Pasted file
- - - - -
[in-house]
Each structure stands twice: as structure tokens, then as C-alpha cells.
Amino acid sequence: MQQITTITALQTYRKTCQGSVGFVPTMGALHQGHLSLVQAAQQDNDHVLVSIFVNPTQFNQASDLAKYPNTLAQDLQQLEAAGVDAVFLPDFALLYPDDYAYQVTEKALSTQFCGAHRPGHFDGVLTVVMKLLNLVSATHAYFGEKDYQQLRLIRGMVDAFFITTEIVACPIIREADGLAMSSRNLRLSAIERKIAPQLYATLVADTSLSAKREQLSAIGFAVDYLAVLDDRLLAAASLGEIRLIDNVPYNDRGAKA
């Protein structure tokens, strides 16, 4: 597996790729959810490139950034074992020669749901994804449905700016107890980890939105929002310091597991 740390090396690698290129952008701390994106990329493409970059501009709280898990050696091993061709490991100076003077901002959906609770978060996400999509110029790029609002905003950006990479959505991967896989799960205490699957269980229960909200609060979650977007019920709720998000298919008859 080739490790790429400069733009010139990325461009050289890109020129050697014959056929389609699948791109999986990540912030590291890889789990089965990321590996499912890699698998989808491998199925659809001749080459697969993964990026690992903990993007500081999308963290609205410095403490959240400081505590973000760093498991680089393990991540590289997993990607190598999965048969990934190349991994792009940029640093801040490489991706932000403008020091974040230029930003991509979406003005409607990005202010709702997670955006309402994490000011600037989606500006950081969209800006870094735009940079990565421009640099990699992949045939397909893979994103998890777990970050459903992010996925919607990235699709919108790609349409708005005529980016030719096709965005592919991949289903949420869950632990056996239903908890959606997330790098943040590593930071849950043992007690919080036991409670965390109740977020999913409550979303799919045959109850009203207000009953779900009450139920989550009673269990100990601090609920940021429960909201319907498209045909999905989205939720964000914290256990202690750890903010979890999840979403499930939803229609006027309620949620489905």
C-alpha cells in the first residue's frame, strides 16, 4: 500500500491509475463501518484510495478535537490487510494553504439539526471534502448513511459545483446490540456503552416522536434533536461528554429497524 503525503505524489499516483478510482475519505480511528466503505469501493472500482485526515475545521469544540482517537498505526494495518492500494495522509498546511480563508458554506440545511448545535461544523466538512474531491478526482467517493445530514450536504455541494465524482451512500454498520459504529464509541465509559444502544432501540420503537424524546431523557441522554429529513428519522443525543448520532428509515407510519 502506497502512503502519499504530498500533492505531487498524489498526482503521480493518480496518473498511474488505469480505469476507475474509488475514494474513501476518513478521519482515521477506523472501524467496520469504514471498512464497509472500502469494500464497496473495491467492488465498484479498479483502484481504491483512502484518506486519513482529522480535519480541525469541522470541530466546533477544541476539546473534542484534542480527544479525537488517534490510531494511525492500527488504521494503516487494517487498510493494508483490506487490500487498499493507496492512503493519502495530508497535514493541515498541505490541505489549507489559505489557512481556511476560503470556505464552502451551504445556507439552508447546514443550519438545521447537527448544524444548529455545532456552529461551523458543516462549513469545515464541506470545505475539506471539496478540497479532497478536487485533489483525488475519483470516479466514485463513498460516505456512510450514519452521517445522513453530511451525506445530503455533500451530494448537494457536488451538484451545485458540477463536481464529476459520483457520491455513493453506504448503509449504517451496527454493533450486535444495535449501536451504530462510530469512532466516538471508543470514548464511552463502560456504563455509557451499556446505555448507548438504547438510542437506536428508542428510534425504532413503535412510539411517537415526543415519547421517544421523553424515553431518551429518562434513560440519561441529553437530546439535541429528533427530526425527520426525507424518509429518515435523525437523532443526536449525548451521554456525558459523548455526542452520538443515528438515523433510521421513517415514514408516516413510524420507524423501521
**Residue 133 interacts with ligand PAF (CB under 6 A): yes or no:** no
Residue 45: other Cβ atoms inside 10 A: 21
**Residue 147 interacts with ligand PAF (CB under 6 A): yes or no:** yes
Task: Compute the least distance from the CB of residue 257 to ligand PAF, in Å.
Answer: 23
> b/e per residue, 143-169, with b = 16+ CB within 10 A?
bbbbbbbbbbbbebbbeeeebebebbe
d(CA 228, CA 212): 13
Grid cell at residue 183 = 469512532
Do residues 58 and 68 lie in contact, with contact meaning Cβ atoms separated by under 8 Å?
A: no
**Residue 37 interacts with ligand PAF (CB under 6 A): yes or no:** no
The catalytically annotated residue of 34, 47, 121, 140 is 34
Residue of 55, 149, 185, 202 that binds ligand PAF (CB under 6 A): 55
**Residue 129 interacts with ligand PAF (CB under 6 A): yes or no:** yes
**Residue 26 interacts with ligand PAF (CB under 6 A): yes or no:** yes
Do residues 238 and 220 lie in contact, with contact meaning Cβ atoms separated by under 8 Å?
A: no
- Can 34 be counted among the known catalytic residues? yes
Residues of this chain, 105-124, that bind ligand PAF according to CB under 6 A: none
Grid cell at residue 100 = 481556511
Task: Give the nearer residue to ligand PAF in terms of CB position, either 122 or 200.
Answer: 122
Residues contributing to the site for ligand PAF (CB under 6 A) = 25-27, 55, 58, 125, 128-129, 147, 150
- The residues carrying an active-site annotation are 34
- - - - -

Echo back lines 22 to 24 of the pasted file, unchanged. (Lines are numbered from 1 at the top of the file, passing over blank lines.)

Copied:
Do residues 238 and 220 lie in contact, with contact meaning Cβ atoms separated by under 8 Å?
A: no
- Can 34 be counted among the known catalytic residues? yes